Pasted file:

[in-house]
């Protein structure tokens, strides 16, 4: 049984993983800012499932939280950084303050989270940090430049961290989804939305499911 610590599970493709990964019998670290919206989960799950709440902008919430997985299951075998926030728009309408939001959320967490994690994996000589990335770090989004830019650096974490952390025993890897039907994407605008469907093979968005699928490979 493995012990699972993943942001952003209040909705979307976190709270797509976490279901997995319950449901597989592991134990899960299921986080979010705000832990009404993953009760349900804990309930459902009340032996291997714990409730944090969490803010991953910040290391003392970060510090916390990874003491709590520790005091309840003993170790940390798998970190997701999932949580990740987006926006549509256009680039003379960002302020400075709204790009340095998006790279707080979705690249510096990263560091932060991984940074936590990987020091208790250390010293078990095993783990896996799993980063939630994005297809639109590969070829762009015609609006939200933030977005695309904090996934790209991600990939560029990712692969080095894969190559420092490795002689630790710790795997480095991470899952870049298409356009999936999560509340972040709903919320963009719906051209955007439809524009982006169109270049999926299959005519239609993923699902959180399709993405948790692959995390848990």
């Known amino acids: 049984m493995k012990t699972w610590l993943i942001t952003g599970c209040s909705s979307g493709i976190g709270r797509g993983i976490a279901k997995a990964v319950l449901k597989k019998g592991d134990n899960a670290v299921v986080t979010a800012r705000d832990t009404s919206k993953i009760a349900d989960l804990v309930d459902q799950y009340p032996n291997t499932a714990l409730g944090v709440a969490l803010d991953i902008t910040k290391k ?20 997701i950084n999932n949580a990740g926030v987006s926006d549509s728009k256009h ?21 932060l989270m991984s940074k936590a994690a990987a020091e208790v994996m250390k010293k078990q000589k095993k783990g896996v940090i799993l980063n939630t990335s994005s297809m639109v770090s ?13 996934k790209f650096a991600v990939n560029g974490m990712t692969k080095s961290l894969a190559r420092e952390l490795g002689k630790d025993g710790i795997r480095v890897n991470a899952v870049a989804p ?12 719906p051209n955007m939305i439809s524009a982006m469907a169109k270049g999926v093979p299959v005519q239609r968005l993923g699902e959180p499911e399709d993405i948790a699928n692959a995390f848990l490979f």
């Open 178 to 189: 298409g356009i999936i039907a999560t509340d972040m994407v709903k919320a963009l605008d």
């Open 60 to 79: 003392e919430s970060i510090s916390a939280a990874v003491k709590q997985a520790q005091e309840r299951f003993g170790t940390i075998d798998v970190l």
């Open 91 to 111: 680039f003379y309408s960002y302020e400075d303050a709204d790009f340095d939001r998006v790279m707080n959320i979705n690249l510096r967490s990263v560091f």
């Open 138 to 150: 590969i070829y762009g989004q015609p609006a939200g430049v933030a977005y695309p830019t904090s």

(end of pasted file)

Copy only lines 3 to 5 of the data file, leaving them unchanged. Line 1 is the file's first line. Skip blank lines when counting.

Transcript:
């Known amino acids: 049984m493995k012990t699972w610590l993943i942001t952003g599970c209040s909705s979307g493709i976190g709270r797509g993983i976490a279901k997995a990964v319950l449901k597989k019998g592991d134990n899960a670290v299921v986080t979010a800012r705000d832990t009404s919206k993953i009760a349900d989960l804990v309930d459902q799950y009340p032996n291997t499932a714990l409730g944090v709440a969490l803010d991953i902008t910040k290391k ?20 997701i950084n999932n949580a990740g926030v987006s926006d549509s728009k256009h ?21 932060l989270m991984s940074k936590a994690a990987a020091e208790v994996m250390k010293k078990q000589k095993k783990g896996v940090i799993l980063n939630t990335s994005s297809m639109v770090s ?13 996934k790209f650096a991600v990939n560029g974490m990712t692969k080095s961290l894969a190559r420092e952390l490795g002689k630790d025993g710790i795997r480095v890897n991470a899952v870049a989804p ?12 719906p051209n955007m939305i439809s524009a982006m469907a169109k270049g999926v093979p299959v005519q239609r968005l993923g699902e959180p499911e399709d993405i948790a699928n692959a995390f848990l490979f």
């Open 178 to 189: 298409g356009i999936i039907a999560t509340d972040m994407v709903k919320a963009l605008d």
């Open 60 to 79: 003392e919430s970060i510090s916390a939280a990874v003491k709590q997985a520790q005091e309840r299951f003993g170790t940390i075998d798998v970190l």